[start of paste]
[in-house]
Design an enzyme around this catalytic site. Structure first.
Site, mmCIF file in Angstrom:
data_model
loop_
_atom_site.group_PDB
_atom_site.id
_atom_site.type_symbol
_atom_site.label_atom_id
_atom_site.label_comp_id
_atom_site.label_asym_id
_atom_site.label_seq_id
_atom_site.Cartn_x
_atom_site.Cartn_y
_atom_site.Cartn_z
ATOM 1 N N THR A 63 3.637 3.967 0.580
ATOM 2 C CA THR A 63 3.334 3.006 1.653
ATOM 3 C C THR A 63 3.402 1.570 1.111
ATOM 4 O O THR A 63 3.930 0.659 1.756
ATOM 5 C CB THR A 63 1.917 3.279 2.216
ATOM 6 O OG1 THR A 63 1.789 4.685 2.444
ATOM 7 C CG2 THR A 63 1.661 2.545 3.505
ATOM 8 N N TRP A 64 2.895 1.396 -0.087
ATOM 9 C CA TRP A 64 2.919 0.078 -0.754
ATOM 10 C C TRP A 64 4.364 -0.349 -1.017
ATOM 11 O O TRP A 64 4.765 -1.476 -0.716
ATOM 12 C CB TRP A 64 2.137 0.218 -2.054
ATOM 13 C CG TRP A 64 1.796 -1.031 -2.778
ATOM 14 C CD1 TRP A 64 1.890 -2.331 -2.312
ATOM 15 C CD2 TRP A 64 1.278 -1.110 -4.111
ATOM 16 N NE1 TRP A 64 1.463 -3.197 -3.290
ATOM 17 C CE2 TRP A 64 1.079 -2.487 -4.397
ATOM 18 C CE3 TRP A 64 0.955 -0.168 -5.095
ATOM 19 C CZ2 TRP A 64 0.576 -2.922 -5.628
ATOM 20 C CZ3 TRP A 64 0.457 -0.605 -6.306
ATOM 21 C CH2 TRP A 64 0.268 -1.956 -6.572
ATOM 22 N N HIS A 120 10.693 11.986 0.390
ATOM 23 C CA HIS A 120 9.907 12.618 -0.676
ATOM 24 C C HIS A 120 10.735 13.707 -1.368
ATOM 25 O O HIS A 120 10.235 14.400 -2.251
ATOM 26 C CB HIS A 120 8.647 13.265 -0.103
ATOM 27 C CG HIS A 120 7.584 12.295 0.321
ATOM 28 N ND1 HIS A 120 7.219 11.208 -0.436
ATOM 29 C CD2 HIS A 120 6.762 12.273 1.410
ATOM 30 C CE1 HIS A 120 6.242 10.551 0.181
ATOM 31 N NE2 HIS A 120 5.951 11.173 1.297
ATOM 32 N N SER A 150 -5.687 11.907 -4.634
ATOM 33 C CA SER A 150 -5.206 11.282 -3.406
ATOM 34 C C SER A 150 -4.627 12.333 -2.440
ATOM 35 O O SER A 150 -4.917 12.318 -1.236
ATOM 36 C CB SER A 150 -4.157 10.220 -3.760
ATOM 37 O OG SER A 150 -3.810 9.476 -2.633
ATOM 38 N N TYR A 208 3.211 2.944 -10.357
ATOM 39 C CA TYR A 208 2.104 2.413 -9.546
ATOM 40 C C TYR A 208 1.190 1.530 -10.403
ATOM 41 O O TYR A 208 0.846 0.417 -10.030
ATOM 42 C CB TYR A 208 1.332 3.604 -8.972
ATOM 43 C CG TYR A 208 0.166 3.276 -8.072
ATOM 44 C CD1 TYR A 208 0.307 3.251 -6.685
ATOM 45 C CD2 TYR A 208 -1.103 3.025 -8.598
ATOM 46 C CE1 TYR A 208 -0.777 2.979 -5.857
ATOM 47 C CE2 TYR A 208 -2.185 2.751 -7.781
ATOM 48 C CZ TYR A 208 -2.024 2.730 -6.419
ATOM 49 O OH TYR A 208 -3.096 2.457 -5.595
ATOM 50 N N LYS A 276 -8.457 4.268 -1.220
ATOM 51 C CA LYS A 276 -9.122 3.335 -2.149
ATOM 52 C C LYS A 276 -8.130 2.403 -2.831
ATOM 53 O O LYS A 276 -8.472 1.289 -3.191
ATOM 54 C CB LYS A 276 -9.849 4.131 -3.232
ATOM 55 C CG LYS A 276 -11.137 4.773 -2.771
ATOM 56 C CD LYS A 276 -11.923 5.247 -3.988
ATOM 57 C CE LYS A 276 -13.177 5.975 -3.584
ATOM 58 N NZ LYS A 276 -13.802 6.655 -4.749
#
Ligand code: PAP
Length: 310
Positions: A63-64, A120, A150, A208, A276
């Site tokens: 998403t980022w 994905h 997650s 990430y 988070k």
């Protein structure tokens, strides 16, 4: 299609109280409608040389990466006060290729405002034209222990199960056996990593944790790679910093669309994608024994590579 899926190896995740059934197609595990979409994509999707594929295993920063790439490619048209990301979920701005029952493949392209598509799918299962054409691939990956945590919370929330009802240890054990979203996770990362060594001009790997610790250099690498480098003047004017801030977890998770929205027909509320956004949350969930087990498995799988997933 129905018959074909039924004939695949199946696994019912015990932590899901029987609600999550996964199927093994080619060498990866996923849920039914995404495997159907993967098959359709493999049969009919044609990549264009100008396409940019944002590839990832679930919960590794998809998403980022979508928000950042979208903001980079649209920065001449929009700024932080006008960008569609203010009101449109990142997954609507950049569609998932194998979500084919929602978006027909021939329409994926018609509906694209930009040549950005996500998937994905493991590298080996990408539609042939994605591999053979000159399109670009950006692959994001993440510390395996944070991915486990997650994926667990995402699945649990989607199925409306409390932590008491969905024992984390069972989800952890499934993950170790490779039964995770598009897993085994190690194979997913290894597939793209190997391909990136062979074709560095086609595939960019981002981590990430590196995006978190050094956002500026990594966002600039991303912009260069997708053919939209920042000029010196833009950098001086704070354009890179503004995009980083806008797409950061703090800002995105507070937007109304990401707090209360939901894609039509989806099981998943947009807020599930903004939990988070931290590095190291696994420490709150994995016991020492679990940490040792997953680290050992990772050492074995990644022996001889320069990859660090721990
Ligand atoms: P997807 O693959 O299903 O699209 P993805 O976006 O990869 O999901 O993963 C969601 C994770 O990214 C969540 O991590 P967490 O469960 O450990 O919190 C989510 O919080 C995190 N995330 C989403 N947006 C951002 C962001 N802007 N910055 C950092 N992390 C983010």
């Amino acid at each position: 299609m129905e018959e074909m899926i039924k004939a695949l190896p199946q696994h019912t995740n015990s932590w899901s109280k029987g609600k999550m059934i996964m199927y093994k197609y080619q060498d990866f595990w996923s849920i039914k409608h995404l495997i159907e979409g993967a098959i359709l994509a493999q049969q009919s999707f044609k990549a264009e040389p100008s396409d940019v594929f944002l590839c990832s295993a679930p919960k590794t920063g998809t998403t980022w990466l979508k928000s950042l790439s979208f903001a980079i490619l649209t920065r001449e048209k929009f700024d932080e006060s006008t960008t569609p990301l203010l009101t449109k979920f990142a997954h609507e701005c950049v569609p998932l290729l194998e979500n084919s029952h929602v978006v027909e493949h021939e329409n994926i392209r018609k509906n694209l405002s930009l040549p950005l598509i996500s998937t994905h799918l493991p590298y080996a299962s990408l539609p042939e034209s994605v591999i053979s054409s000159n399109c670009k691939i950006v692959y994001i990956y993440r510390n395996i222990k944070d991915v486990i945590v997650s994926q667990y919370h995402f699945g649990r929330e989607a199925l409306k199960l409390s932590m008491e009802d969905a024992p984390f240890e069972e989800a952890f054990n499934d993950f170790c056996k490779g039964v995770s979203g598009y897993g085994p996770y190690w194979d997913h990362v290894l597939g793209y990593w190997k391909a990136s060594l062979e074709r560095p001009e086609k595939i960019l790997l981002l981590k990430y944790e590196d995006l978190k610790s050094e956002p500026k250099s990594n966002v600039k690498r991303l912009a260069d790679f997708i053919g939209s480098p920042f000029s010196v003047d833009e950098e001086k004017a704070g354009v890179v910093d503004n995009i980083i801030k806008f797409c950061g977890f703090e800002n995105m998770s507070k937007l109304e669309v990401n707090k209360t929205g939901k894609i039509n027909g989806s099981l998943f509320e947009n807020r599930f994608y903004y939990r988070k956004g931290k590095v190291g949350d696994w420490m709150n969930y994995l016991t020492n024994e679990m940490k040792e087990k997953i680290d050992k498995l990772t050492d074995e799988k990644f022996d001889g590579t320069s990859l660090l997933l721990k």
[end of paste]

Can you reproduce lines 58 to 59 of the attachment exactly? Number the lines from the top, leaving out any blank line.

ATOM 43 C CG TYR A 208 0.166 3.276 -8.072
ATOM 44 C CD1 TYR A 208 0.307 3.251 -6.685